Cutting, Atwood
Birth City: 
Los Altos
Birth State: 
CA
Current Location: 
Colorado Springs, CO
Occupation(s): 
Author - Photographer - Publisher - Vocalist
Biography: 

This local author is both Kate Peters, (raised in California and Hawaii, a solo adventurer to Fairbanks, Alaska “to see a winter,” the pioneering wife and protagonist of Sleeping Moose Saga,) as well as Atwood Cutting, the fictionalized daughter and actual author of several books, including the historical fiction series about Alaska, and photo essay books designed "for areas of waiting."

After leaving Alaska, and living in the Midwest for a quarter century, Kate Peters came to the Pikes Peak region in 2012, to re-immerse herself in the arts, and wade in some streams. Since retiring and moving to Colorado Springs with Tim, her husband of 40+ years, Kate has pursued her goal of producing a tome worthy of space on public library shelves. As Atwood Cutting, she is achieving it.

Awards/Honors: 
Phi Beta Kappa, University of Hawaii, 1972
Phi Kappa Phi, University of Hawaii, 1967
Gold Medal Soloist, Hawaii Music Educators' Awards, 1966
Education/Training: 
Stanford Elementary School; Punahou School Academy; Univ. British Columbia; Univ. Hawaii, BA 1972 Performing arts (Phi Beta Kappa); Univ. Alaska Fairbanks, art and music; Trans-Alaska Pipeline Construction Camp Bullcook; Homesteader on Kenai Peninsula; Alaska Pacific Univ. MLA 1986 (cum laude) Liberal Arts, Museum Education, Aesthetic Expression.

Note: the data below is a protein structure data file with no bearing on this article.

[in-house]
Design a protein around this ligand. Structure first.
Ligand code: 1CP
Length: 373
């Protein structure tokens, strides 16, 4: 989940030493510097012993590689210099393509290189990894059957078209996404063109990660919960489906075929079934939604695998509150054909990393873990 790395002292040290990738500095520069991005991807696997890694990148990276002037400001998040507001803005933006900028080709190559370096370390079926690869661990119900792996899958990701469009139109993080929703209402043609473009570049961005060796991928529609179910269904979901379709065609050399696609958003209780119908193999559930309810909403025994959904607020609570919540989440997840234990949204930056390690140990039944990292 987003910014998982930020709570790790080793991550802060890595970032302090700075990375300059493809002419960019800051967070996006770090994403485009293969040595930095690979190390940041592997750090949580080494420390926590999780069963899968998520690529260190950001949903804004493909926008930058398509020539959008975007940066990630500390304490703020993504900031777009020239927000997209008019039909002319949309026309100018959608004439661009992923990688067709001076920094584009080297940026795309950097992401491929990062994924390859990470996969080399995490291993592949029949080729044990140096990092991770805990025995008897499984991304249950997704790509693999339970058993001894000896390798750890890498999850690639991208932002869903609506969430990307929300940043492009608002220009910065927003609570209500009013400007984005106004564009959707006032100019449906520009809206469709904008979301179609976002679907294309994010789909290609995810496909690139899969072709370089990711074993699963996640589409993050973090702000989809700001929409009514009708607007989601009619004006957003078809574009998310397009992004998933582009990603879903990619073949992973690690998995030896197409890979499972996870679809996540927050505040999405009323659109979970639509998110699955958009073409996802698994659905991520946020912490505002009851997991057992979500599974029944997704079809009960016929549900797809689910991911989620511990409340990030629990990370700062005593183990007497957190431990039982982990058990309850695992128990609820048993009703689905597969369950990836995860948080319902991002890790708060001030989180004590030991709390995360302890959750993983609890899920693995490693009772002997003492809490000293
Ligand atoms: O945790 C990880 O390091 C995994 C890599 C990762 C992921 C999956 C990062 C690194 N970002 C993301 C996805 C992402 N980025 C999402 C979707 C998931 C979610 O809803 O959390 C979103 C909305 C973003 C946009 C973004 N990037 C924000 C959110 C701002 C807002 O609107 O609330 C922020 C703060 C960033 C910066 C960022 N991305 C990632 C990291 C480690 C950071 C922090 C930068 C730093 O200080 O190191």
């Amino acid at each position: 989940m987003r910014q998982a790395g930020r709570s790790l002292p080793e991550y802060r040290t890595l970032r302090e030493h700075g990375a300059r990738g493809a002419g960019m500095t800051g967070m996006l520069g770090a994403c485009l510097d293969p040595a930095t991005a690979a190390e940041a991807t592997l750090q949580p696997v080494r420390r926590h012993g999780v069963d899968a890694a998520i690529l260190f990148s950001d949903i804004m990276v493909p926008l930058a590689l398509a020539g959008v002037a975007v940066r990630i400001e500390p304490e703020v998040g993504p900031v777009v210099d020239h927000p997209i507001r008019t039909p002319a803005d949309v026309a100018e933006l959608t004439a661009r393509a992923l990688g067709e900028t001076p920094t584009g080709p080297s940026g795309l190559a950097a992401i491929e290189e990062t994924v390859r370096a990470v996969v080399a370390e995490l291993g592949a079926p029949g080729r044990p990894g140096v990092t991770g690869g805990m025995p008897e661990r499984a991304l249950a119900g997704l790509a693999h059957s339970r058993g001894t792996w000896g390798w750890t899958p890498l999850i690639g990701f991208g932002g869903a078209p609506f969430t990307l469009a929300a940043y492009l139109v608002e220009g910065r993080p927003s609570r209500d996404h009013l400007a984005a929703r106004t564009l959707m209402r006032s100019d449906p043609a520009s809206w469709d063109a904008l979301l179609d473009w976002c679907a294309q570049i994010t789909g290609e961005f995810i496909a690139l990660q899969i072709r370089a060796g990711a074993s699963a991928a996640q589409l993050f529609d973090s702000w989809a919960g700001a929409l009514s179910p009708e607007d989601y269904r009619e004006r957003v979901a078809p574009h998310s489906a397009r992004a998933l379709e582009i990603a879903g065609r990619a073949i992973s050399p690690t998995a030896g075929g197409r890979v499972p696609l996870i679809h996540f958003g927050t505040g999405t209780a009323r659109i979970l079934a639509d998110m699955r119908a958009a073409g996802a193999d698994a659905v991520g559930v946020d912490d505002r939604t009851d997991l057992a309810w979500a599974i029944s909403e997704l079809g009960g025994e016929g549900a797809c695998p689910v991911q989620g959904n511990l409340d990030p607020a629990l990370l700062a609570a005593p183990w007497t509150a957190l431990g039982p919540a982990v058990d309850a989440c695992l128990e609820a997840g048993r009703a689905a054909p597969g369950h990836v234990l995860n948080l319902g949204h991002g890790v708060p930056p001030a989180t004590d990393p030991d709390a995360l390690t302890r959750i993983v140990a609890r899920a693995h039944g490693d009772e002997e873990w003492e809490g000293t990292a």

Organizations: 
Writers' Group at Brookdale Skyline Senior Living - Concrete Couch community art outreach
Speaker Availability: 
Yes
Speaker Topics: 
Geared for the general public, Kate is happy to share stories and answer questions about pioneering in "bush" Alaska before there were cellphones. Topics might include: off-road transportation, construction without electricity, life without running water, rural communications, wildflowers, and the "end-of-the-road" syndrome. Geared for high school teachers and librarians, she would also be pleased to discuss her "Bildungsroman" as a personal venture into Emerson's vision of self-reliance and Transcendentalism, the art of memoir, personifying the women's movement before there was a women's movement, and "seeing the elephant" of American pioneering lore.